The Human Advantage
In an increasingly digitised and automated world, professional networks and relational capabilities will be your advantage.
Organisations today want longevity, sustainability, growth, advocacy, referrals, retention, and a great reputation. Therefore, a focus on the people , not just the product, will be the differentiator to success.
Each year companies spend BILLIONS of dollars on industry memberships, corporate functions and sponsorships. They rely heavily on effective networking and communication for new business generation and benchmarking as well as for managing relationships with existing stakeholders. However, most encounter major challenges in execution and delivering value back to the business.
Many employees share these challenges;
⬢ Reluctance, awkwardness and aversion to networking (do they cluster to each other?)
⬢ Excuses such as “too busy” to spend time developing relationships (do they choose email over face to face?)
⬢ Understanding how to maximise the value (ROI) through connections made internally and externally (are they influential, do they converse charismatically and are they memorable - in a good way?)
⬢ Limited people skills/ confidence to represent themselves and organisation externally (though have solid technical training)
⬢ Knowledge / ability to set up for success with strong internal and external networking relationships (do they have a strategy to implement that is aligned to their job description?)
⬢ A transactional sales culture rather than a service focus (do they understand they impact they individually have on the organisations productivity and profitability?)
Invest in what you can control
We believe relationships matter and networks are powerful. Fast becoming the most critical asset an organisation has, a network does come down to each individual and therefore an investment in that person's social, soft and emotional skills is critical.
Harvard and MIT have constantly shown that your personal network positively affects the organisations productivity. These are all learnt skills and must be strategically embedded in a supportive manner with a long term focus.
Hierarchies have flattened. Workplaces are open-plan
Designed to increase interaction and collaboration. This means interpersonal, communication and influencing skills are more important than ever.
Thankfully humans will always be better at this than robots!
Relational skills are learned skills, though to create behavioural change individuals need to be engaged with the strategy.
Lightning-speed technological advancements
We can't yet fully anticipate how advanced artificial intelligence will become, or exactly what impact automation will have on many roles,.
AI will help empower businesses to accentuate their services and creative capabilities and it's human's who will continue to make an amazing contribution to servicing customers, generating insights and being a point of competitive difference in new and exciting ways.
We live in an increasingly interconnected world
More than ever authentic relationships, strong teams and connected networks will be critical, yet its never been harder to truly connect.
With billions spent on marketing activities alone, its time to invest in real relationships building based on mutual understanding and aligned to a dedicated strategy.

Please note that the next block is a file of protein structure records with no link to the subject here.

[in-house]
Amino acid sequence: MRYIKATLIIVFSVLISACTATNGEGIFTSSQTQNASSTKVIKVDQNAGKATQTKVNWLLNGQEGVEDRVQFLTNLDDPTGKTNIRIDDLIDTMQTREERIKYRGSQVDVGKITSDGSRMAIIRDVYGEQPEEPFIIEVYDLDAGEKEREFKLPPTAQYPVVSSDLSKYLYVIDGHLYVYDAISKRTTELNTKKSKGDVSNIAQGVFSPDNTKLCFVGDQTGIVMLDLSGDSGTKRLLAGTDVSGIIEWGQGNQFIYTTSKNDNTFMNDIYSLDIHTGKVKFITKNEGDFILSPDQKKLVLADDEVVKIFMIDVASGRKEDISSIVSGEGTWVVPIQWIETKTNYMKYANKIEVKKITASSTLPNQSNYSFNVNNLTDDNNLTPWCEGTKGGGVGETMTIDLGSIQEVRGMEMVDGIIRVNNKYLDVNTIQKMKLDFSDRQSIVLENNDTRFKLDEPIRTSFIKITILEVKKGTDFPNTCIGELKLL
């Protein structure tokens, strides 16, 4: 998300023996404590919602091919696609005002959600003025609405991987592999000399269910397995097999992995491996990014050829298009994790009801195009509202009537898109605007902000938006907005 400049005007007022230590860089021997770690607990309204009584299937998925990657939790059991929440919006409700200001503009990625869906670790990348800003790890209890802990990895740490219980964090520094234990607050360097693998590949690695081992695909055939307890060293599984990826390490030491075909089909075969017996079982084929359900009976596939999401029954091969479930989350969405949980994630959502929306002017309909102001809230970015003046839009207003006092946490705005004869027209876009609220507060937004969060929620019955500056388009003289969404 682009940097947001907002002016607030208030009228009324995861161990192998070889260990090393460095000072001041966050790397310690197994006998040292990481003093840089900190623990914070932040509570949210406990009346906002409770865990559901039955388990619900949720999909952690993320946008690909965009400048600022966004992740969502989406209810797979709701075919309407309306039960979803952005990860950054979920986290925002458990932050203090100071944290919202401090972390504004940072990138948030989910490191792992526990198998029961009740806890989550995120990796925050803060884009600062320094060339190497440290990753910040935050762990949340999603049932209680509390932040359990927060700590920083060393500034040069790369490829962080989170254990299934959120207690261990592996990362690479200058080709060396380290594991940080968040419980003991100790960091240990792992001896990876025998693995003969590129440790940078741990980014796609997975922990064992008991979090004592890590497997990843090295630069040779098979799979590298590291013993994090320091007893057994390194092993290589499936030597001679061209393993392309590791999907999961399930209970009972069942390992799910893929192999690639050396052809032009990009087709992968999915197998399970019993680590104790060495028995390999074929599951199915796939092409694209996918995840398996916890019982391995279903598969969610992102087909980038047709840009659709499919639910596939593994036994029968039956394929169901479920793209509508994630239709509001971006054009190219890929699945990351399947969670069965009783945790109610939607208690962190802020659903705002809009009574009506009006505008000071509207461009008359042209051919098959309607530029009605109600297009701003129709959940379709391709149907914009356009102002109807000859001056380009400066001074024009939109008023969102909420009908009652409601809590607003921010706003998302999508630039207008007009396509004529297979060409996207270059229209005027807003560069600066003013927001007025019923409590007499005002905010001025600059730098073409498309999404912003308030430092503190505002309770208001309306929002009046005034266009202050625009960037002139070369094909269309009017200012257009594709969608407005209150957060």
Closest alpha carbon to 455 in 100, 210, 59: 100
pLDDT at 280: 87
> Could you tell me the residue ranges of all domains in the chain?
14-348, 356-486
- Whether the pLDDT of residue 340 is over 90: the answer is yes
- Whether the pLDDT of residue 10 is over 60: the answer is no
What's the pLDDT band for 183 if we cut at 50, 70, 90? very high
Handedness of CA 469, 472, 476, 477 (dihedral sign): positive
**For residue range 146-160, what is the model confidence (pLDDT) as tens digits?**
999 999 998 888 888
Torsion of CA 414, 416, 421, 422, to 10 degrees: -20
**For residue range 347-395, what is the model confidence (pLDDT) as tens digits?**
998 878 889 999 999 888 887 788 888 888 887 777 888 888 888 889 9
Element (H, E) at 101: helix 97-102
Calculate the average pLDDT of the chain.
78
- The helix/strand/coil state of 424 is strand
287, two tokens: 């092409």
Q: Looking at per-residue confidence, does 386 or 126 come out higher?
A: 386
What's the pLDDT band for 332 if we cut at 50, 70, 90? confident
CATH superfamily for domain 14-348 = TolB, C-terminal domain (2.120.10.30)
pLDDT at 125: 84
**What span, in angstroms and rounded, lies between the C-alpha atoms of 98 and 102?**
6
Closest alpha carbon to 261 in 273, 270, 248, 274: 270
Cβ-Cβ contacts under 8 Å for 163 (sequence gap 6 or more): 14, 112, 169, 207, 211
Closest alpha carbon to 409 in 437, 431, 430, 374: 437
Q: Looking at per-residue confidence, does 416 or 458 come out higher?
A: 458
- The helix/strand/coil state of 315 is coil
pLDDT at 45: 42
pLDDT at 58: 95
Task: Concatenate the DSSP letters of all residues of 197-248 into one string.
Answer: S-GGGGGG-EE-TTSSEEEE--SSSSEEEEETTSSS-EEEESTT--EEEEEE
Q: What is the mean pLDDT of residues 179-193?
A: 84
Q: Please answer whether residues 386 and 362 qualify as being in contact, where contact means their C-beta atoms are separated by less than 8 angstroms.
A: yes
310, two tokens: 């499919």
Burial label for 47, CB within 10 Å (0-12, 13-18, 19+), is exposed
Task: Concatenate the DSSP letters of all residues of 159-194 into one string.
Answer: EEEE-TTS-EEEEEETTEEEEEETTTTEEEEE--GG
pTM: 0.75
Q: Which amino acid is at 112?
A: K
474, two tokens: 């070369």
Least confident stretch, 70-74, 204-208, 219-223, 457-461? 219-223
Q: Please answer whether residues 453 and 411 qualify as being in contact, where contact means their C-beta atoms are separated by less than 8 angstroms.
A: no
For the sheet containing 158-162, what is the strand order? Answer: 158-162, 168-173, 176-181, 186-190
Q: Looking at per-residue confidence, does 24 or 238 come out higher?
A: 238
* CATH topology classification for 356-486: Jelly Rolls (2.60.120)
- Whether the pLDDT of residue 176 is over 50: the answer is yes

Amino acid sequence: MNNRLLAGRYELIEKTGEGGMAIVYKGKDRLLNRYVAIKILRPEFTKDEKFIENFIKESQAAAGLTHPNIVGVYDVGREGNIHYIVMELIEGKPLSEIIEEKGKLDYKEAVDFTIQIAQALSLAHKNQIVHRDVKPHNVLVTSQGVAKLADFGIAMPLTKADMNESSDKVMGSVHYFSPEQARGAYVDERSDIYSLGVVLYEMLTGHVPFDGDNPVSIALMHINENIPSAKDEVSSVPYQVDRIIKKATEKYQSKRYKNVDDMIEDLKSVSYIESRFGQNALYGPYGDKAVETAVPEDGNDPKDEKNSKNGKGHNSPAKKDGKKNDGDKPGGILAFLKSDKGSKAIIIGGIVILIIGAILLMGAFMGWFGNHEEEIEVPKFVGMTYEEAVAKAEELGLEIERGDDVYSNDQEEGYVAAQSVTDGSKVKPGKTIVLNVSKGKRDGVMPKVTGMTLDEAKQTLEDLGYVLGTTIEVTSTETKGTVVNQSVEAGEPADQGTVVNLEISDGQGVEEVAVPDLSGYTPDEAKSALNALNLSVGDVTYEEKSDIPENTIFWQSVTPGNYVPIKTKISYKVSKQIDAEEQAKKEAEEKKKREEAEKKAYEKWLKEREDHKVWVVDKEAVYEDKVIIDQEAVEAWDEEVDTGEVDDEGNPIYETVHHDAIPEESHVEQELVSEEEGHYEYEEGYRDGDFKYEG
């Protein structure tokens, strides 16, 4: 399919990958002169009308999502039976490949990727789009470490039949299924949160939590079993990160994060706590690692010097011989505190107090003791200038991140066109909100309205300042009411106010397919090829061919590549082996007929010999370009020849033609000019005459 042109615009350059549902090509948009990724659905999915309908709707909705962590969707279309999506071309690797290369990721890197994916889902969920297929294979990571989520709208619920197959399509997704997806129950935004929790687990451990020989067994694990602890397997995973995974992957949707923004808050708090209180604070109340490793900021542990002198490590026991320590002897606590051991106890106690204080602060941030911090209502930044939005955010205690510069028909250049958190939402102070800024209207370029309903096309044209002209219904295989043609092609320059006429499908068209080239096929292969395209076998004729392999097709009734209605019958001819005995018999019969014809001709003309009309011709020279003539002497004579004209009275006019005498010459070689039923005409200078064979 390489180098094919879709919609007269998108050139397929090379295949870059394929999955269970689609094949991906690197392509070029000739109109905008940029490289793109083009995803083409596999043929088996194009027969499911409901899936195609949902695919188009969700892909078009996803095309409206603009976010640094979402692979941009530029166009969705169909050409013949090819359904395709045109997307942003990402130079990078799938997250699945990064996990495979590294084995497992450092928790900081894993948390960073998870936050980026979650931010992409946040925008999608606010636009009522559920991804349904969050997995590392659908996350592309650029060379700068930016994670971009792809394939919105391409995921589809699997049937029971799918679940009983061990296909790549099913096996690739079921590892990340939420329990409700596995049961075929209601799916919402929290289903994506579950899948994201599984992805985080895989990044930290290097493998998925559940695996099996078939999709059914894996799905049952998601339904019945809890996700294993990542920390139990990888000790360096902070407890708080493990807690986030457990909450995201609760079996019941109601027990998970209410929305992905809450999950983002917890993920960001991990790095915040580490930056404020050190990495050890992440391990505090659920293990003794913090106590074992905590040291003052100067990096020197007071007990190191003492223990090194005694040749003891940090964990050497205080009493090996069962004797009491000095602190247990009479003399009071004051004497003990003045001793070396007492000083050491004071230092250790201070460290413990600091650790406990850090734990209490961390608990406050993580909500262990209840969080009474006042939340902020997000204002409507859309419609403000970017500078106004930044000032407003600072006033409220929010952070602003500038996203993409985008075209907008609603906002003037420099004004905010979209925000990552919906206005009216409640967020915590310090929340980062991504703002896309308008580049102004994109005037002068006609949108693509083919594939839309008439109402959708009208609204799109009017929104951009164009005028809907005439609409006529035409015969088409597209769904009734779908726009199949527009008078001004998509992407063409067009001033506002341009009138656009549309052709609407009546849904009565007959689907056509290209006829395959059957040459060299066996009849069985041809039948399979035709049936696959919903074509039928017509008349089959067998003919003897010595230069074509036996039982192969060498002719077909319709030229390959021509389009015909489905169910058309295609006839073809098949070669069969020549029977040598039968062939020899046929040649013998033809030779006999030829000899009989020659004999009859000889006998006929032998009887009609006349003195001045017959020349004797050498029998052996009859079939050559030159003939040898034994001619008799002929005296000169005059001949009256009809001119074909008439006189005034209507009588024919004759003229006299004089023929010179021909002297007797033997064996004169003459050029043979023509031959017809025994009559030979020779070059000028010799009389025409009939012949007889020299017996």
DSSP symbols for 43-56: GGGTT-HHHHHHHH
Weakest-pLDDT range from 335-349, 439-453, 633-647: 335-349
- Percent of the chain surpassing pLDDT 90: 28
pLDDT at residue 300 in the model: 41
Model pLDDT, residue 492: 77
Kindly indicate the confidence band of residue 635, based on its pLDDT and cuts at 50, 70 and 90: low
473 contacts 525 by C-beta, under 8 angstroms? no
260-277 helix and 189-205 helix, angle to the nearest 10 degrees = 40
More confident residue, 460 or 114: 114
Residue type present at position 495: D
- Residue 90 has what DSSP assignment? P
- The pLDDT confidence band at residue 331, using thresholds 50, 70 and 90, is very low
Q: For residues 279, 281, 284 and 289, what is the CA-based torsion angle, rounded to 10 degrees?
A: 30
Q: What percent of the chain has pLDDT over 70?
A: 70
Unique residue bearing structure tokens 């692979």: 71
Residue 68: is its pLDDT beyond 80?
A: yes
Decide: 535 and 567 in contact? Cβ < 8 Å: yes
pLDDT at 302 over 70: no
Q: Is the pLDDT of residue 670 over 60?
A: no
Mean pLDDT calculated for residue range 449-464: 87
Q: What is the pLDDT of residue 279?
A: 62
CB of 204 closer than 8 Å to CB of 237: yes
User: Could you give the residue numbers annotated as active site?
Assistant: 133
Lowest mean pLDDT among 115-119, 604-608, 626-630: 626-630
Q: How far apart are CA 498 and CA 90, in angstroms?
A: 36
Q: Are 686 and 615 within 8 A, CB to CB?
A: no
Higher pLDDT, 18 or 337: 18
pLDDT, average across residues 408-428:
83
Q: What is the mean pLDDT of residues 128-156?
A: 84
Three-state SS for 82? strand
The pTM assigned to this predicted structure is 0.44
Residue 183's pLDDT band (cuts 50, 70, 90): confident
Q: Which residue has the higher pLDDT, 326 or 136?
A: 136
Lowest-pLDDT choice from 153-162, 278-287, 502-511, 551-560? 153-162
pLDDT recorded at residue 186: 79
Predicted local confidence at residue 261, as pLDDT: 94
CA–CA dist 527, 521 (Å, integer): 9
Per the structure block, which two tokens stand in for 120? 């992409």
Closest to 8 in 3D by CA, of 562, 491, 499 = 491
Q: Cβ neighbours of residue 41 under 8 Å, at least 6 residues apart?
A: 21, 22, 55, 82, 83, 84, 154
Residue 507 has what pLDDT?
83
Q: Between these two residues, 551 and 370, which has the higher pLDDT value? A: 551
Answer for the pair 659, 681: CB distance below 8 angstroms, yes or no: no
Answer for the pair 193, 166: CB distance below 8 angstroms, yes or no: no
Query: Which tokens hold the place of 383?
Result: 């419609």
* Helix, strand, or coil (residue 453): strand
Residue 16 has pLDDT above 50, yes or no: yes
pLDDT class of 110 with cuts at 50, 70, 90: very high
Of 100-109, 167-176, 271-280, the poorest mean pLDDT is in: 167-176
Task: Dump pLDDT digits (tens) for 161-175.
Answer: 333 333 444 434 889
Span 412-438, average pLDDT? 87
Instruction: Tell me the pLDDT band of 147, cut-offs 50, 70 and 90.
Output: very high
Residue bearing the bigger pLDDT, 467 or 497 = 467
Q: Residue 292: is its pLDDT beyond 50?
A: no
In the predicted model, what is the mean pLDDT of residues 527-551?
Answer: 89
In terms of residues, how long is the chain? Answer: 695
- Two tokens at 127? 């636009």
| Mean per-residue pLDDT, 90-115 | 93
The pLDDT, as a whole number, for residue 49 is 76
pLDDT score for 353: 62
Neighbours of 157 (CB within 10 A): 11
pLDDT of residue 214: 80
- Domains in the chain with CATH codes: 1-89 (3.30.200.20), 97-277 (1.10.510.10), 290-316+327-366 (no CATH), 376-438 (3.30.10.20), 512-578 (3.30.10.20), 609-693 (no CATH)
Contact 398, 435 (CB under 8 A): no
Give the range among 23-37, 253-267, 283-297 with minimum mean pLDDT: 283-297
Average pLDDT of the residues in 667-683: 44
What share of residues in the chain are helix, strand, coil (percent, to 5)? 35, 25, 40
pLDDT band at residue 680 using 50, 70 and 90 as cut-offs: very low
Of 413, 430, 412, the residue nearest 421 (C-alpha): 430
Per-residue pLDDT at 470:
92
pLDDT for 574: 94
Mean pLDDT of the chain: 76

Employers want Emotionally Intelligent talent
Digital disruption, globalisation and demographic shifts are shaping Australia’s future skill needs.
Emotional intelligence literally informs every interaction we have. Organisations that invest in human relational skills will benefit from fostering loyalty, a positive culture, adapting to meet the needs of a changing marketplace and ultimately competitive advantage.
With all this change, one point is clear; in the future, the factors that will differentiate successful leaders between their competitors is how they can interact, emotionally engage and respond to a wide network of industry players ranging from employees to investors.
How important are
US based research has found miscommunication costs businesses with up to 100 staff an average of US$420,000 per year. Even more staggeringly, in another study, 400 businesses with at least 100,000 employees each claimed that inadequate communication cost an average of US$62.4 million per company per year.
A recent study released by the Harvard Business Review has confirmed the ongoing and intrinsic value of meeting face to face. Of the 2300 HBR subscribers, 79% stated that "in-person meetings are the most effective way to meet new clients to sell business" while 95% of all respondents said that "face-to-face meetings are a key factor in successfully building and maintaining long term relationships".
Corporate hospitality can be a significant cost for businesses. When executed well, corporate hospitality will go a long way to improving and forging client relationships, generating brand awareness, increasing brand value, as well as delivering significant return on investment (ROI).
It may appear that the core communication skill requirements of employers have not changed much over time. But the emphasis on collaborative work has altered dramatically. A Harvard Business Review study found that the time managers and employees spend on collaborative activities has increased by more than 50% in the past 20 years.
Jobs requiring soft skills – which are also referred to as employability skills and transferable skills, such as communication, teamwork, problem-solving, emotional judgment, professional ethics and global citizenship – are projected to grow 2.5 times faster than other occupations where the need for soft skills is less intensive over the period to 2030.